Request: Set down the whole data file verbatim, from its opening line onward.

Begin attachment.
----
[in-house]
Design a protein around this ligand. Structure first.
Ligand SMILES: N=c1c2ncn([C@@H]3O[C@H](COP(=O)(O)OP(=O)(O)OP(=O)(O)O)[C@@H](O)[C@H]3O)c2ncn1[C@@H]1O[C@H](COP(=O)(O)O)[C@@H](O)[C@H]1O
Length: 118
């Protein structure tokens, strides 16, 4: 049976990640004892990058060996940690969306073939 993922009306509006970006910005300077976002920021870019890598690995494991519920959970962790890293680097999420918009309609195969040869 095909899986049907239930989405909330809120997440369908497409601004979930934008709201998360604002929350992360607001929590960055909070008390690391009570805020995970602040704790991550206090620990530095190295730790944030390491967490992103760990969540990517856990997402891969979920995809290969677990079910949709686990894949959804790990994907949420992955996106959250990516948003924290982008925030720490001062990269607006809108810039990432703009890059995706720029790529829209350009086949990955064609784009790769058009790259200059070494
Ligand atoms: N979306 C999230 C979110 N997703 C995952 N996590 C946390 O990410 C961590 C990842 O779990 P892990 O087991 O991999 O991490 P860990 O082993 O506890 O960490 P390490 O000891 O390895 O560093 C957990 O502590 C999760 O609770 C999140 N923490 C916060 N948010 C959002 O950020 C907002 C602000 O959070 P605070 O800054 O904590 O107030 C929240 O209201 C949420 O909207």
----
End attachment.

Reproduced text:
[in-house]
Design a protein around this ligand. Structure first.
Ligand SMILES: N=c1c2ncn([C@@H]3O[C@H](COP(=O)(O)OP(=O)(O)OP(=O)(O)O)[C@@H](O)[C@H]3O)c2ncn1[C@@H]1O[C@H](COP(=O)(O)O)[C@@H](O)[C@H]1O
Length: 118
């Protein structure tokens, strides 16, 4: 049976990640004892990058060996940690969306073939 993922009306509006970006910005300077976002920021870019890598690995494991519920959970962790890293680097999420918009309609195969040869 095909899986049907239930989405909330809120997440369908497409601004979930934008709201998360604002929350992360607001929590960055909070008390690391009570805020995970602040704790991550206090620990530095190295730790944030390491967490992103760990969540990517856990997402891969979920995809290969677990079910949709686990894949959804790990994907949420992955996106959250990516948003924290982008925030720490001062990269607006809108810039990432703009890059995706720029790529829209350009086949990955064609784009790769058009790259200059070494
Ligand atoms: N979306 C999230 C979110 N997703 C995952 N996590 C946390 O990410 C961590 C990842 O779990 P892990 O087991 O991999 O991490 P860990 O082993 O506890 O960490 P390490 O000891 O390895 O560093 C957990 O502590 C999760 O609770 C999140 N923490 C916060 N948010 C959002 O950020 C907002 C602000 O959070 P605070 O800054 O904590 O107030 C929240 O209201 C949420 O909207």